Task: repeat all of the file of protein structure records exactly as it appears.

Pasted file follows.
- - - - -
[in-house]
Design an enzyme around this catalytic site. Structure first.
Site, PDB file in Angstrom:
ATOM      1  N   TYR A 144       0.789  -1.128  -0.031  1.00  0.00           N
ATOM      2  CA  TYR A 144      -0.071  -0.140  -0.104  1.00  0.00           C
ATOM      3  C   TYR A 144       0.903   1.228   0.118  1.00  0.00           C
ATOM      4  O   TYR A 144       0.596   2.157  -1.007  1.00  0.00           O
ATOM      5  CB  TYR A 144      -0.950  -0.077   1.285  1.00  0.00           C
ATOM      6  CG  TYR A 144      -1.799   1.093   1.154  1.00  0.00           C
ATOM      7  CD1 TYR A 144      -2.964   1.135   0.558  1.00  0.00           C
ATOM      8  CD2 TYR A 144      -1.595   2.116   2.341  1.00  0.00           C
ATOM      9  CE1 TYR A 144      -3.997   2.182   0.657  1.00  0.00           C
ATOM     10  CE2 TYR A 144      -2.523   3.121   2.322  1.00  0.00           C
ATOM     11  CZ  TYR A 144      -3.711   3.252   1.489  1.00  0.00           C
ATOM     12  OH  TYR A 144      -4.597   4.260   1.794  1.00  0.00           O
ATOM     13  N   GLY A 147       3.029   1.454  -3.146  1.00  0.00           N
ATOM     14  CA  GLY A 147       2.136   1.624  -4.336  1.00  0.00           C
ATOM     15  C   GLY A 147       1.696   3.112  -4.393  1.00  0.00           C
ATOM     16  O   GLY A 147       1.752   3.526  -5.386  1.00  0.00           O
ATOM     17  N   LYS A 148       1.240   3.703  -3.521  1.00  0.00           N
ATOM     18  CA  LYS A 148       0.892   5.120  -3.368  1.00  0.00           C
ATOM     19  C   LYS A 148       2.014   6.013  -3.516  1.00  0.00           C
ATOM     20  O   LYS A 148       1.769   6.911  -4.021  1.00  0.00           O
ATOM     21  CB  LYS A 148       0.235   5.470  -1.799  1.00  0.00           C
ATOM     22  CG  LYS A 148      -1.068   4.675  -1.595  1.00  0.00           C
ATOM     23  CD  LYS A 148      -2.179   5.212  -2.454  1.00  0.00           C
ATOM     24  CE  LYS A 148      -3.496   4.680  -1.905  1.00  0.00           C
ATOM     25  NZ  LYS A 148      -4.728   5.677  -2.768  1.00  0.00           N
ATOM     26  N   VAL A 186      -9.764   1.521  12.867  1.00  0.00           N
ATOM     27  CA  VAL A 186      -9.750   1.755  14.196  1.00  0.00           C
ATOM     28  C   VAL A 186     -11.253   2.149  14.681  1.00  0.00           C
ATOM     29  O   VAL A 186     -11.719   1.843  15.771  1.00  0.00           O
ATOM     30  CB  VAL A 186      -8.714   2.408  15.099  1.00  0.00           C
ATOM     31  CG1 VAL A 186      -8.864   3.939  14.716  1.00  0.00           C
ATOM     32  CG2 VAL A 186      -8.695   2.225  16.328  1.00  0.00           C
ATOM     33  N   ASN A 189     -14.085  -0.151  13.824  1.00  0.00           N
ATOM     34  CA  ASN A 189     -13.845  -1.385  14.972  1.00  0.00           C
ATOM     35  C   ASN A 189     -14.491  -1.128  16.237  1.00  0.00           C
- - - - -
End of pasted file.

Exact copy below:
[in-house]
Design an enzyme around this catalytic site. Structure first.
Site, PDB file in Angstrom:
ATOM      1  N   TYR A 144       0.789  -1.128  -0.031  1.00  0.00           N
ATOM      2  CA  TYR A 144      -0.071  -0.140  -0.104  1.00  0.00           C
ATOM      3  C   TYR A 144       0.903   1.228   0.118  1.00  0.00           C
ATOM      4  O   TYR A 144       0.596   2.157  -1.007  1.00  0.00           O
ATOM      5  CB  TYR A 144      -0.950  -0.077   1.285  1.00  0.00           C
ATOM      6  CG  TYR A 144      -1.799   1.093   1.154  1.00  0.00           C
ATOM      7  CD1 TYR A 144      -2.964   1.135   0.558  1.00  0.00           C
ATOM      8  CD2 TYR A 144      -1.595   2.116   2.341  1.00  0.00           C
ATOM      9  CE1 TYR A 144      -3.997   2.182   0.657  1.00  0.00           C
ATOM     10  CE2 TYR A 144      -2.523   3.121   2.322  1.00  0.00           C
ATOM     11  CZ  TYR A 144      -3.711   3.252   1.489  1.00  0.00           C
ATOM     12  OH  TYR A 144      -4.597   4.260   1.794  1.00  0.00           O
ATOM     13  N   GLY A 147       3.029   1.454  -3.146  1.00  0.00           N
ATOM     14  CA  GLY A 147       2.136   1.624  -4.336  1.00  0.00           C
ATOM     15  C   GLY A 147       1.696   3.112  -4.393  1.00  0.00           C
ATOM     16  O   GLY A 147       1.752   3.526  -5.386  1.00  0.00           O
ATOM     17  N   LYS A 148       1.240   3.703  -3.521  1.00  0.00           N
ATOM     18  CA  LYS A 148       0.892   5.120  -3.368  1.00  0.00           C
ATOM     19  C   LYS A 148       2.014   6.013  -3.516  1.00  0.00           C
ATOM     20  O   LYS A 148       1.769   6.911  -4.021  1.00  0.00           O
ATOM     21  CB  LYS A 148       0.235   5.470  -1.799  1.00  0.00           C
ATOM     22  CG  LYS A 148      -1.068   4.675  -1.595  1.00  0.00           C
ATOM     23  CD  LYS A 148      -2.179   5.212  -2.454  1.00  0.00           C
ATOM     24  CE  LYS A 148      -3.496   4.680  -1.905  1.00  0.00           C
ATOM     25  NZ  LYS A 148      -4.728   5.677  -2.768  1.00  0.00           N
ATOM     26  N   VAL A 186      -9.764   1.521  12.867  1.00  0.00           N
ATOM     27  CA  VAL A 186      -9.750   1.755  14.196  1.00  0.00           C
ATOM     28  C   VAL A 186     -11.253   2.149  14.681  1.00  0.00           C
ATOM     29  O   VAL A 186     -11.719   1.843  15.771  1.00  0.00           O
ATOM     30  CB  VAL A 186      -8.714   2.408  15.099  1.00  0.00           C
ATOM     31  CG1 VAL A 186      -8.864   3.939  14.716  1.00  0.00           C
ATOM     32  CG2 VAL A 186      -8.695   2.225  16.328  1.00  0.00           C
ATOM     33  N   ASN A 189     -14.085  -0.151  13.824  1.00  0.00           N
ATOM     34  CA  ASN A 189     -13.845  -1.385  14.972  1.00  0.00           C
ATOM     35  C   ASN A 189     -14.491  -1.128  16.237  1.00  0.00           C